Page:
Marco Rubio Says He Didn't Flip-Flop On Immigration But Hillary Clinton Did

The Republican presidential candidate oversimplifies Clinton's positions (and his own).

Republican Iowa Senator Joni Ernst Hosts 1st Annual Roast And Ride

Senator Marco Rubio, a Republican from Florida and 2016 U.S. presidential candidate, speaks during the inaugural Roast and Ride in Boone, Iowa, U.S., on Saturday, June 6, 2015. Senator Joni Ernst, a republican from Iowa, hosted the inaugural Roast and Ride event which featured a 38-mile ride from a Des Moines Harley Davidson dealership to the Central Iowa Expo where seven current and potential Republican presidential candidates are expected to participate.

Photographer: Daniel Acker

In a recent appearance on Fox News, Republican presidential candidate Marco Rubio deflected questions about his shift on immigration reform, saying there has been "no flip-flop" on his part and painting Hillary Clinton as the real flip-flopper on the issue.

"She's never done anything on it," the Florida senator said Thursday on Outnumbered. "She was a U.S. senator and never did anything on immigration. She gave speeches about it. It's interesting, a couple months ago she talked about—she's in favor of all citizenship. Just a few years ago she wasn't in favor of giving them driver's licenses. This has been a dramatic shift on her part and a changing of her opinion."

Also on Bloomberg Politics: Rubio: I've Done More on Immigration Than Hillary Clinton

There's a kernel of truth to Rubio remarks, though the son of Cuban immigrants vying to become the country's first Hispanic president oversimplifies the reality of both his and the Democratic front-runner's approaches to the complicated issue that looms large in the 2016 race to the White House.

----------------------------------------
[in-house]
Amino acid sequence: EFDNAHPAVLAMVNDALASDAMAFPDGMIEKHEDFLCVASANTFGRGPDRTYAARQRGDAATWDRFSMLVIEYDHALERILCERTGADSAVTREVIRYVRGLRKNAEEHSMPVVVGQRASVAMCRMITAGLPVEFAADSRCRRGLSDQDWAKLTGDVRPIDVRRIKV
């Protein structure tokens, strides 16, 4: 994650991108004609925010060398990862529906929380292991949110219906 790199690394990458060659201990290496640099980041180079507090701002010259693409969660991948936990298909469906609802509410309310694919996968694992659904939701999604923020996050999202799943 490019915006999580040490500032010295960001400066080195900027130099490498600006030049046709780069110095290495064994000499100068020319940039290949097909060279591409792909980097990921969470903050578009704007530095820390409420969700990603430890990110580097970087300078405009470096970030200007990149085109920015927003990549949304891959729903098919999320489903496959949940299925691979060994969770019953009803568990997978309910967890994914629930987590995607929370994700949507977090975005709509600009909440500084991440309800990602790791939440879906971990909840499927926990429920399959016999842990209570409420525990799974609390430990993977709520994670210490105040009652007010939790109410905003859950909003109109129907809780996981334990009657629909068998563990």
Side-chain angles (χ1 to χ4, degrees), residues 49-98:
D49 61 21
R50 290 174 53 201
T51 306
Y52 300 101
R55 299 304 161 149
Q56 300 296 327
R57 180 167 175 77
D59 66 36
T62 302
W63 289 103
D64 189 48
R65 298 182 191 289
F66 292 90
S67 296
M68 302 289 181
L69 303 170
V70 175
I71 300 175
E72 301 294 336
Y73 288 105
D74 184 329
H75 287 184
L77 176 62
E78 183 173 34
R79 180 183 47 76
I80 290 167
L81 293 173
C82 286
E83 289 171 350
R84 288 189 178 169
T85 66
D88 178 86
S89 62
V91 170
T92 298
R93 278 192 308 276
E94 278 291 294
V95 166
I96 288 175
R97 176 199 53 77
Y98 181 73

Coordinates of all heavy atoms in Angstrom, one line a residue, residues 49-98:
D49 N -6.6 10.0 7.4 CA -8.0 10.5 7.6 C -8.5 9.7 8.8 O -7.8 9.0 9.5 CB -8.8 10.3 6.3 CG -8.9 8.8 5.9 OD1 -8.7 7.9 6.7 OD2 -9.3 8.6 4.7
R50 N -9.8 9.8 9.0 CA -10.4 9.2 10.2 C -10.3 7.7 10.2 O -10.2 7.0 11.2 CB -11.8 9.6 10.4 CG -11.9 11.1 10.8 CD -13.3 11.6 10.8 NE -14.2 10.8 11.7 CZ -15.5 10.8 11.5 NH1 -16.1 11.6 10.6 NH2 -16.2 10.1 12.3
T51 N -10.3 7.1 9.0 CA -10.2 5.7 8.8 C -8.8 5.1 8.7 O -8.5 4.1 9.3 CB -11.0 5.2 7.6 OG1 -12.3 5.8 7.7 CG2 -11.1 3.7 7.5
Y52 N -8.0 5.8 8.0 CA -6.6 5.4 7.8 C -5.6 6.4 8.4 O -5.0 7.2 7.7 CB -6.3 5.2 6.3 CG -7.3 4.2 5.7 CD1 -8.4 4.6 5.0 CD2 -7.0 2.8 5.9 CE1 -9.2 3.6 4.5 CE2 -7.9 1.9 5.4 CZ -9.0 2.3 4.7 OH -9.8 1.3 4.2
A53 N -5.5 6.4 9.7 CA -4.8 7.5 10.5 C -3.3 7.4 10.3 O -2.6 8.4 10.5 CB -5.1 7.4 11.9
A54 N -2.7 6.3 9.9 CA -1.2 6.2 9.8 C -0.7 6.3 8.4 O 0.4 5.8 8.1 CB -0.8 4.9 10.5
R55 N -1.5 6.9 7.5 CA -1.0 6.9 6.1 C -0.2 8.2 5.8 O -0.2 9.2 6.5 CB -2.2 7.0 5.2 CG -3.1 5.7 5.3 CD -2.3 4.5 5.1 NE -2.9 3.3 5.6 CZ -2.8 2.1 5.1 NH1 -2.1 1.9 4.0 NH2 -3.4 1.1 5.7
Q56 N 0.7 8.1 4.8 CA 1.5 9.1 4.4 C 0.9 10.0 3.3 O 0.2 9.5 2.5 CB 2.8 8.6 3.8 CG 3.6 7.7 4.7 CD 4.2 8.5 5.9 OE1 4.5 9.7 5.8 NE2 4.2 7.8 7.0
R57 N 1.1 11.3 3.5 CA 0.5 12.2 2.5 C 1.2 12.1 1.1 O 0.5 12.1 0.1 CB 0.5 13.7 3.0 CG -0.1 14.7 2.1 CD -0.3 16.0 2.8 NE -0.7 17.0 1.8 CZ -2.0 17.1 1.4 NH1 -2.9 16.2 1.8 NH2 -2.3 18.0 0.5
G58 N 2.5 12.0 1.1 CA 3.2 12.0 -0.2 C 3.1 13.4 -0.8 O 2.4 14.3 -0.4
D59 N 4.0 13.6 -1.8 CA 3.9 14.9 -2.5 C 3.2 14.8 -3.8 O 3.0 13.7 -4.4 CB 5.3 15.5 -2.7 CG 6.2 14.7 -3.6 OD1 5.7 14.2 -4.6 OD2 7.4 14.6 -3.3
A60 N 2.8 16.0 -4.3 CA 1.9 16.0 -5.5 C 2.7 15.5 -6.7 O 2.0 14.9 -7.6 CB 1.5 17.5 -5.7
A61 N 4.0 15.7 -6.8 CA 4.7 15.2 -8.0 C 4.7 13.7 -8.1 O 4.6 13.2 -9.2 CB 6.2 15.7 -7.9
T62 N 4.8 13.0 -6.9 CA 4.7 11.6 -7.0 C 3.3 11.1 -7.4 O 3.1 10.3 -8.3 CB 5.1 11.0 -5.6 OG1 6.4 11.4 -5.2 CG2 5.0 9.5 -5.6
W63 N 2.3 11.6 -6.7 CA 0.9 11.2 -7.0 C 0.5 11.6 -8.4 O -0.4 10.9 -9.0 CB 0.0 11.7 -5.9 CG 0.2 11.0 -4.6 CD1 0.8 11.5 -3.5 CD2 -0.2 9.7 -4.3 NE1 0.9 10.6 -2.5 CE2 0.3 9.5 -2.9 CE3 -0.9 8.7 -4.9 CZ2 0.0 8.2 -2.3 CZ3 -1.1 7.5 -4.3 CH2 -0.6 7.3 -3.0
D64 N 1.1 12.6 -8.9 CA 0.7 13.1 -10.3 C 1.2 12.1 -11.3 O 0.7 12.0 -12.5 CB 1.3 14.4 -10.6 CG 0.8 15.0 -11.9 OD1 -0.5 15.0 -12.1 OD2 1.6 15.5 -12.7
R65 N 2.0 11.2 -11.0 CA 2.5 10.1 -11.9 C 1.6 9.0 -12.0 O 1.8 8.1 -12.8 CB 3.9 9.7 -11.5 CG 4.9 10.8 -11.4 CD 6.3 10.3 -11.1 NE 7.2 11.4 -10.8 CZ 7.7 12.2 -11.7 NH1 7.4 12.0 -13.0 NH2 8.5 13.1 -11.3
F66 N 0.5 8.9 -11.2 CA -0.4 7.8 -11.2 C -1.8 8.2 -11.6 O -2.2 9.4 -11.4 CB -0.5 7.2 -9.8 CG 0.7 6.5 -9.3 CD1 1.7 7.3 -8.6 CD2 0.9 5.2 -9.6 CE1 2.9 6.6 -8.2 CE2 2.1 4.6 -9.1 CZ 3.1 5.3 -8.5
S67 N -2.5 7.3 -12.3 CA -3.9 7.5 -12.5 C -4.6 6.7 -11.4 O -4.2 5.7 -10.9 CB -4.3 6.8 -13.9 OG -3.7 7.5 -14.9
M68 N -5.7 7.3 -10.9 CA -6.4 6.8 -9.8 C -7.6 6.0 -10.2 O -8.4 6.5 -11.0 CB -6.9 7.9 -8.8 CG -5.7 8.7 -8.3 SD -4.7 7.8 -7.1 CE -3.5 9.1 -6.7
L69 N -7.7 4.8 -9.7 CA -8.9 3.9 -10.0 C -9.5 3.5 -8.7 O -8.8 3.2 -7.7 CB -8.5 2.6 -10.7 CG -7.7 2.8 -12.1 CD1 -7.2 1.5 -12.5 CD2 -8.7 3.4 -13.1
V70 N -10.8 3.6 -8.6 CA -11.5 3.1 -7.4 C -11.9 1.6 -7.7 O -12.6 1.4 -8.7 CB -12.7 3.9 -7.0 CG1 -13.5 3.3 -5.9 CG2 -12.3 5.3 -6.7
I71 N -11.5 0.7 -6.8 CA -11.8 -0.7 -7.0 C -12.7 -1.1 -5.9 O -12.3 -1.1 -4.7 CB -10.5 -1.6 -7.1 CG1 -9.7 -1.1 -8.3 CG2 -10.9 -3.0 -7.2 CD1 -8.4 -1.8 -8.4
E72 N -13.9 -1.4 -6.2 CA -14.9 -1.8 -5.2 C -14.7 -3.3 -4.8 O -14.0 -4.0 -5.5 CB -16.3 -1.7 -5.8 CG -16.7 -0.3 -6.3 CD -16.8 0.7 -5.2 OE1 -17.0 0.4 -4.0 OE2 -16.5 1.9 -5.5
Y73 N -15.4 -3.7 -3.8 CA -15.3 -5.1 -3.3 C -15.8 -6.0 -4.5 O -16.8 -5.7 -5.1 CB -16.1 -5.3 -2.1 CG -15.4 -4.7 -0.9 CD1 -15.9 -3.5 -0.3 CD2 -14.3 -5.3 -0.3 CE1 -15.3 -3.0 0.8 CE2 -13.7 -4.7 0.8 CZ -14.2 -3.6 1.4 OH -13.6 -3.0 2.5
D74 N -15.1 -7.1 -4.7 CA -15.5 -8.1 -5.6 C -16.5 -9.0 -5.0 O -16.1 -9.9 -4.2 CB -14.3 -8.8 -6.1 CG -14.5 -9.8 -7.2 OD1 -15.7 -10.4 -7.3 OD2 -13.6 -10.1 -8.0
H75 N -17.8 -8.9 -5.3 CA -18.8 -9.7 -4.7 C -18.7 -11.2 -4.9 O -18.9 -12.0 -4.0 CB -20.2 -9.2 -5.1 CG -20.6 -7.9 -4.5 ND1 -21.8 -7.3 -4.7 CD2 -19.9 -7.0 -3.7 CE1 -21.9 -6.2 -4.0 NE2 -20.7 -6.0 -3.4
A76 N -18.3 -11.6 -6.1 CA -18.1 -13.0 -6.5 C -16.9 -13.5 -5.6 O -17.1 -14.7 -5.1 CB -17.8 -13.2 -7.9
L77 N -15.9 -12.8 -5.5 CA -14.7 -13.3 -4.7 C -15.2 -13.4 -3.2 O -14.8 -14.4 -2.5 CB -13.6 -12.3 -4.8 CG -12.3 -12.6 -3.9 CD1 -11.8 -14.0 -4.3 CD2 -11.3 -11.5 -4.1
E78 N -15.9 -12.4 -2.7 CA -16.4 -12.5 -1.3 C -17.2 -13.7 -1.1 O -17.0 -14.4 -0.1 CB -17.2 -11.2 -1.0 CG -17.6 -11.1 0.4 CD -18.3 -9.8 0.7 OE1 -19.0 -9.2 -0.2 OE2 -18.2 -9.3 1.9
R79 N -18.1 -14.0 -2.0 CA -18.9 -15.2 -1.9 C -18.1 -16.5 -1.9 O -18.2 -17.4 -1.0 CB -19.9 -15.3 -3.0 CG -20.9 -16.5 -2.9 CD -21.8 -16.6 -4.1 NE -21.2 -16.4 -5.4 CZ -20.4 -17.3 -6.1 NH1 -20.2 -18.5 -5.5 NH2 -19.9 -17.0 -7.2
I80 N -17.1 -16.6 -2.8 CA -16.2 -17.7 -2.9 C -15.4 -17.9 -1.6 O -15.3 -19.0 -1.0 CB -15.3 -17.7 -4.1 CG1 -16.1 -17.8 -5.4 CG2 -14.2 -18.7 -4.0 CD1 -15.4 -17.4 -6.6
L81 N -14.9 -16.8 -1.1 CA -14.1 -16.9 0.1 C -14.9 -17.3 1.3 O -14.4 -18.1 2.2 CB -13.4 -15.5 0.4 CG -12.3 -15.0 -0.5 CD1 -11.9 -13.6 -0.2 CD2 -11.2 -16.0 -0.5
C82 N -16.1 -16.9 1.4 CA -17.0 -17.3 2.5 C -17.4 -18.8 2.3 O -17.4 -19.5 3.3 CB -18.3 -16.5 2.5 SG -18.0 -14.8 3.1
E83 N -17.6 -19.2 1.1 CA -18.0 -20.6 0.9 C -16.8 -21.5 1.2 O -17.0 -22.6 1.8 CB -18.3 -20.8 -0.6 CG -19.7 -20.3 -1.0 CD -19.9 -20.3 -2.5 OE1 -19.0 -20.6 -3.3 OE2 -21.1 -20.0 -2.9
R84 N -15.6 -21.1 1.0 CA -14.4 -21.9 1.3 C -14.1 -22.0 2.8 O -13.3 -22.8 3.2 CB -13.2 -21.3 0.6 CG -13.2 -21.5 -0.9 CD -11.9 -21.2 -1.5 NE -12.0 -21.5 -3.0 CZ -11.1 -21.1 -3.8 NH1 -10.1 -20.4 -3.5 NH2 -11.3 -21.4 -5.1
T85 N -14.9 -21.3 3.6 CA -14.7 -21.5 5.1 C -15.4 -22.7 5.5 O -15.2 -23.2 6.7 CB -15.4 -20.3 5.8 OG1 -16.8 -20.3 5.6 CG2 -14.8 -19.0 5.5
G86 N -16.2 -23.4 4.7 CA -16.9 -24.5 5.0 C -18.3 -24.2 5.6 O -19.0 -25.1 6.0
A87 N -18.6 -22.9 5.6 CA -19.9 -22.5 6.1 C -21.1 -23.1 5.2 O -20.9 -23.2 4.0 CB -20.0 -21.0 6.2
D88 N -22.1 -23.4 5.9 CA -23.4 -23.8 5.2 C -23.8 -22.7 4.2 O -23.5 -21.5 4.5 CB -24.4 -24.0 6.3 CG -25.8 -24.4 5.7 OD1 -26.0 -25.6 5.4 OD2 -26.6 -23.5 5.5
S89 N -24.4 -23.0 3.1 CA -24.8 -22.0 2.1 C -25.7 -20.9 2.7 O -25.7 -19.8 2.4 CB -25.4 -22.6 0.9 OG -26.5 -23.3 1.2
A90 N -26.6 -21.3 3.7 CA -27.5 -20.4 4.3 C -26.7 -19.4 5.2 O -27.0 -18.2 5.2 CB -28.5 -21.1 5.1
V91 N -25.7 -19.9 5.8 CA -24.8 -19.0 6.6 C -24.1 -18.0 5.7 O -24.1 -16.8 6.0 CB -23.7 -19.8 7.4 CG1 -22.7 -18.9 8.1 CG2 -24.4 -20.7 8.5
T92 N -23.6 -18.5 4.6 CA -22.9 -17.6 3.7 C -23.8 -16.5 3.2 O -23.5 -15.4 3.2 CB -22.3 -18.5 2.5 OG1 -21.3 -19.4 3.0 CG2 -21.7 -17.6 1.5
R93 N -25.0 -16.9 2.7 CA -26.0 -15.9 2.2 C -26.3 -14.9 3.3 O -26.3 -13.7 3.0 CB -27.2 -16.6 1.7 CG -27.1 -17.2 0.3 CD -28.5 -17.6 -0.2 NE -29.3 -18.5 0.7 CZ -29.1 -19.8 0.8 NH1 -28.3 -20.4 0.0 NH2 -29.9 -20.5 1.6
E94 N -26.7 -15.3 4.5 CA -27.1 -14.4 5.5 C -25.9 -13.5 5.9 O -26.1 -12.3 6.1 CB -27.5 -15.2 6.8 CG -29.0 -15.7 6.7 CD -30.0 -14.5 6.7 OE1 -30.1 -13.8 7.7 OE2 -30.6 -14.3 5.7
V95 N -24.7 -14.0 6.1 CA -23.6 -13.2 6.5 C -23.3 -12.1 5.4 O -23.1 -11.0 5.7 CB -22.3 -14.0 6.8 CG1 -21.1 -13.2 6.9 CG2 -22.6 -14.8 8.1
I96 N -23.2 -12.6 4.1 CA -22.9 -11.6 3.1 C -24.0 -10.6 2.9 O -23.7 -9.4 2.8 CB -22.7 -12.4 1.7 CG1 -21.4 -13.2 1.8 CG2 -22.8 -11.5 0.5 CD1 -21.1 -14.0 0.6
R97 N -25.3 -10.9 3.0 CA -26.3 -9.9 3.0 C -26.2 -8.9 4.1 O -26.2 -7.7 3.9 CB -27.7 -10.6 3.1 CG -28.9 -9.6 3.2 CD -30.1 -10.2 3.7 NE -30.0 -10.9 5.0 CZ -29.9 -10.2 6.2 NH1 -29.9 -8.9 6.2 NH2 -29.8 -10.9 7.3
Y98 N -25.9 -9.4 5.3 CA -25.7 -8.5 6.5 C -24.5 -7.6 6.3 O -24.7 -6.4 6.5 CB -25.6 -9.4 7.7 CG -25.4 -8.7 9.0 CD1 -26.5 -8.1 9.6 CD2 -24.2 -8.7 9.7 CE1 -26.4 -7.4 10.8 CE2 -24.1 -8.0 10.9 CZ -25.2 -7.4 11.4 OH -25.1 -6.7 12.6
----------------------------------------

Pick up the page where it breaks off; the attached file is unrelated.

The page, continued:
Rubio is correct that Clinton opposed state efforts to allow drivers' licenses for undocumented immigrants during her 2008 campaign (after initially waffling during a debate), and that she supports them now, according to her campaign. While it reflects her thorough embrace of immigrant-rights priorities this campaign, drivers' licenses are a state issue that the next president won't deal with.

The rest of Rubio's remarks, however, are somewhat misleading. As a senator, Clinton voted in 2007 in favor of a sweeping immigration bill that overhauled the system and granted a path to citizenship to people in the U.S. illegally; the bill was blocked because it didn't have enough votes to overcome a filibuster. During her tenure, Clinton co-sponsored several bills to liberalize the system. In her 2008 presidential campaign, she vowed to introduce comprehensive immigration legislation in her first 100 days to grant unauthorized immigrants a pathway to citizenship (and, by extension, driver's licenses).

When asked on Fox News about his own change of heart on immigration reform, Rubio said "there's no flip-flop" on his part. "I still think we need to address it." While Rubio hasn't flip-flopped on the changes he wants to make to the immigration system, he has meaningfully shifted on how to go about it, abandoning his own bill and comprehensive approach in the process.

An evolution, and a new position

In 2013, the Floridian played a leading role in writing and shepherding legislation through the Senate that beefed up border security and enforcement, expanded legal immigration and provided a path to citizenship for people in the country illegally. Four months later, after the House of Representatives vowed not to consider the bill and Rubio's standing with the Republican base took a hit, he backed off and said he no longer favors a comprehensive approach to immigration, instead arguing that reform should be accomplished piece-by-piece.